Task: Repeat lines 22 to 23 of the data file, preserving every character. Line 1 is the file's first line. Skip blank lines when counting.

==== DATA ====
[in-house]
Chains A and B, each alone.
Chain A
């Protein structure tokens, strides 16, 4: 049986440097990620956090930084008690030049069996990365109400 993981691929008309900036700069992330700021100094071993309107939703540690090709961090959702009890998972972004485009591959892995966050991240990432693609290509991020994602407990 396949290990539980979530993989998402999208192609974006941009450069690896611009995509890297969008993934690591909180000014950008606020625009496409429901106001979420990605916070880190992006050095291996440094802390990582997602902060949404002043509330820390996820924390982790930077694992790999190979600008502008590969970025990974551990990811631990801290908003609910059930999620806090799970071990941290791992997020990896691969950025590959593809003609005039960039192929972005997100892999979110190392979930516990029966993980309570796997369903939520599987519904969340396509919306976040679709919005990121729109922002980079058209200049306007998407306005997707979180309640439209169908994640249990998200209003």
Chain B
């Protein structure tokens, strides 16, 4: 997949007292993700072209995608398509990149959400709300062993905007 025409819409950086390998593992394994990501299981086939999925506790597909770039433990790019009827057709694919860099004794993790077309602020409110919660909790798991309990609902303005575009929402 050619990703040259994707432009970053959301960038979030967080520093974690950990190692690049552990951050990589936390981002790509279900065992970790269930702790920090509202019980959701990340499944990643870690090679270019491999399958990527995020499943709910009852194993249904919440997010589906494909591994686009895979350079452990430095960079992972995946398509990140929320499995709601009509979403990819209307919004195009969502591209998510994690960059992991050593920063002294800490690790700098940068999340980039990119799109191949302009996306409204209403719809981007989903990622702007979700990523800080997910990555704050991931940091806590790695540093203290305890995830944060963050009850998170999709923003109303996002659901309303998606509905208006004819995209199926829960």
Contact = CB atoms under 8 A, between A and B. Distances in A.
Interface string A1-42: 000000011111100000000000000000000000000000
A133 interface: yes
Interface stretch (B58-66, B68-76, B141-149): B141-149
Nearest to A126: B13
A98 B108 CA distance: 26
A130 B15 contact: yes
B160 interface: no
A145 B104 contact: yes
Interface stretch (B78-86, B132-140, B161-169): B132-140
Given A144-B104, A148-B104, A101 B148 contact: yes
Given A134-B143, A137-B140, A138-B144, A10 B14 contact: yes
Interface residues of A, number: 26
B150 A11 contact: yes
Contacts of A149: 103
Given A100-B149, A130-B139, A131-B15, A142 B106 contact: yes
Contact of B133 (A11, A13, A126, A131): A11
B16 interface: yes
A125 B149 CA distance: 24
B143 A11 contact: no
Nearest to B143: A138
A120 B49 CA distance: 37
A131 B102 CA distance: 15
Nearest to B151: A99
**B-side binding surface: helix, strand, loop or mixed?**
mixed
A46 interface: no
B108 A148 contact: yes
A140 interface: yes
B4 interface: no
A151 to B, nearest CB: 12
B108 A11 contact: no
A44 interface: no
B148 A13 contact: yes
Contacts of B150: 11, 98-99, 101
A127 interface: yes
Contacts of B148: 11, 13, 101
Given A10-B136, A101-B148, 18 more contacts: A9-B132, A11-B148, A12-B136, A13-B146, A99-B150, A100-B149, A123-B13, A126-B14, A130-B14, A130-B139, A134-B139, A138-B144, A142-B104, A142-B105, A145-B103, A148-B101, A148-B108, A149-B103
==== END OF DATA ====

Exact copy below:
Given A100-B149, A130-B139, A131-B15, A142 B106 contact: yes
Contact of B133 (A11, A13, A126, A131): A11